Creativity is a human concept that never seems to become old, overused or cliché. Built from the root word “create,” it points to the ability to bring something into existence or produce through imaginative skill. Creativity, for me, means being able to make something from nothing. Just the mention of the word fires up my imagination, liberates me from whatever constraints I might have imposed on myself or, rather, that might have been imposed on me. The idea of creating something is experimenting with new ideas, materials, styles, formations, viewpoints, dimensions, place. But this does not happen without structure or context. Creativity is marrying freedom with form, like harnessing the birdlike, ethereal nature of melody within a rhythm, tonality, harmony and/or song. I consider it an essential aspect of life, up there with water, food, sleep and belonging.
Angelenos express their creativity in unique and powerful ways. There appears to be no limit to what residents of this city can achieve, and the vast, beautiful landscape that is Los Angeles occurs like a blank canvas for people who populate here. From its settling by the multi-ethnic coalition of “Los Pobladores” in the late 1700s to the present mecca of commerce and global community, the city and its diverse make-up enjoy resources such as temperate climate, lush desert-to-sea expanse, flora and fauna, historic neighborhoods, convening spaces, edifices, restaurants, global media and other elements. Within this environment Angelenos express their identity through a myriad of modalities: family, religion, politics, entrepreneurship, farming, education, art, collections, cuisine, sports, fitness, bodily adornments, fashion, vehicles, machinery, art, dance, music, sexuality, professionalization, consumption and innovation. I am amazed at the current reclaiming of indigenous land, culture and practice, the activation of non-traditional, hidden and forgotten spaces, youth movements, public art, the demands for human rights and systemic reform, and local expressions of creativity and community in virtual realms.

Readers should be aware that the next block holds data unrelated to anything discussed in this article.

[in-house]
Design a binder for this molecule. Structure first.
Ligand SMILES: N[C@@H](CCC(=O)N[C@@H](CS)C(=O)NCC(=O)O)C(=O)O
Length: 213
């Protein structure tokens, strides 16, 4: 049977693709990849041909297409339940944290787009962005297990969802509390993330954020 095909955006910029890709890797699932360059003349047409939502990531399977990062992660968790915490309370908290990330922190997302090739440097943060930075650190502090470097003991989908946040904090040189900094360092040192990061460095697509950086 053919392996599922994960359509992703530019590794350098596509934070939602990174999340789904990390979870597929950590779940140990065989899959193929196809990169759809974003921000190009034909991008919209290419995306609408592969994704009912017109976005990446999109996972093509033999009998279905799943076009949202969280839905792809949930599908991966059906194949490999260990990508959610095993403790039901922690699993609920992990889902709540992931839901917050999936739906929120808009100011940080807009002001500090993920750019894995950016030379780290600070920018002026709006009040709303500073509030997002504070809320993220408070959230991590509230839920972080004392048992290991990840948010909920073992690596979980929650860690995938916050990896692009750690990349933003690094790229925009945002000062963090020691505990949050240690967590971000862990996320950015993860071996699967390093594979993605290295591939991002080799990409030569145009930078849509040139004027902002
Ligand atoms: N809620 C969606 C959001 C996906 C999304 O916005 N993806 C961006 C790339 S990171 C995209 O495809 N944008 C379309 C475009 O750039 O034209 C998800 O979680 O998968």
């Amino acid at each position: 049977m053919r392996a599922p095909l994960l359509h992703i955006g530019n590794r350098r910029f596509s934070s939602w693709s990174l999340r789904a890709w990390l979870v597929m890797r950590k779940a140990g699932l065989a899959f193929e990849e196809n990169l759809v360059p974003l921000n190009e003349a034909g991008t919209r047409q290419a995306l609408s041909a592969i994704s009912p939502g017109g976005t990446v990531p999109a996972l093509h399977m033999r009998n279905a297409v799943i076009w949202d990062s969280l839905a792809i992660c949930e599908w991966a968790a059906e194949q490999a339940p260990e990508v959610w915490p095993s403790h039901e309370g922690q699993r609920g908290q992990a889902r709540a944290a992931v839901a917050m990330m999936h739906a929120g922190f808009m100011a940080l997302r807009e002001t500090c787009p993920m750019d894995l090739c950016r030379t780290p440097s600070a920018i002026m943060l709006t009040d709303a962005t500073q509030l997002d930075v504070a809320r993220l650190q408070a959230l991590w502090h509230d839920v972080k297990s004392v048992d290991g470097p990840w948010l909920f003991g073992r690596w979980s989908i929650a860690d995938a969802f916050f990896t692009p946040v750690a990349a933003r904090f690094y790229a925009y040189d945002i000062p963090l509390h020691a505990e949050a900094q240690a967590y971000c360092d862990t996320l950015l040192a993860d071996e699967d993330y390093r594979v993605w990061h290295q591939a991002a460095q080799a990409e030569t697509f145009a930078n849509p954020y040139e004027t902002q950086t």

Musicians Kibrom and Etsegenet are a husband and wife team from Ethiopia who live in Pasadena and are fast becoming staples of the L.A. music community. Kibrom performs in multiple local bands including Ethio Cali, Nsimbi, Wondem Band while Tsegenet was recently featured in the Broad Stage's Musical Explorers series. Together they do an endearing combination of spiritual, improvisational and indigenous songs referencing their African homeland, but the two musicians got married here and have established their love in and for Los Angeles.
Thalma de Freitas is a multidisciplinary artist, performer and composer, known as a household name in the Brazilian contemporary cultural scene. She’s a Grammy nominated singer-songwriter of samba-jazz and afro-brazilian folk, a popular darling of her generation known for charismatic performances and dazzling personality. Discocanto is Thalma's DJ set and radio show at Dublab.
Hailing from New Zealand, internationally acclaimed musician Mark de Clive-Lowe spent over ten years as a pioneer in the UK underground house scene and makes a living traveling to all corners of the globe. However, what makes Mark unique is his grounding in the current Los Angeles scene as a producer, bandleader and recording artist. His latest releases Heritage I and II showcase a veteran coming-full-circle to his roots as a hāfu (half-Japanese) composer and jazz virtuoso.
Dexter Story is a multi-instrumentalist, composer, music director, producer and music industry creative based in Los Angeles. Story currently consults as Artivist in Residence / Event Producer at Community Coalition of South Los Angeles, a community organizing and advocacy non-profit and he is a 2017-2019 cohort with the APAP USC Leadership Fellows Program. As a recent M.A. graduate from UCLA’s African Studies department, Story recently released an acclaimed East Africa-influenced album entitled Bahir on Soundway Records, and he is entering the Ethnomusicology PhD program at UCLA Fall 2019 as a 4-year Eugene V. Cota-Robles fellow. Story ultimately plans to write, lecture and research at the university level, and release derivative recordings that support his academic research.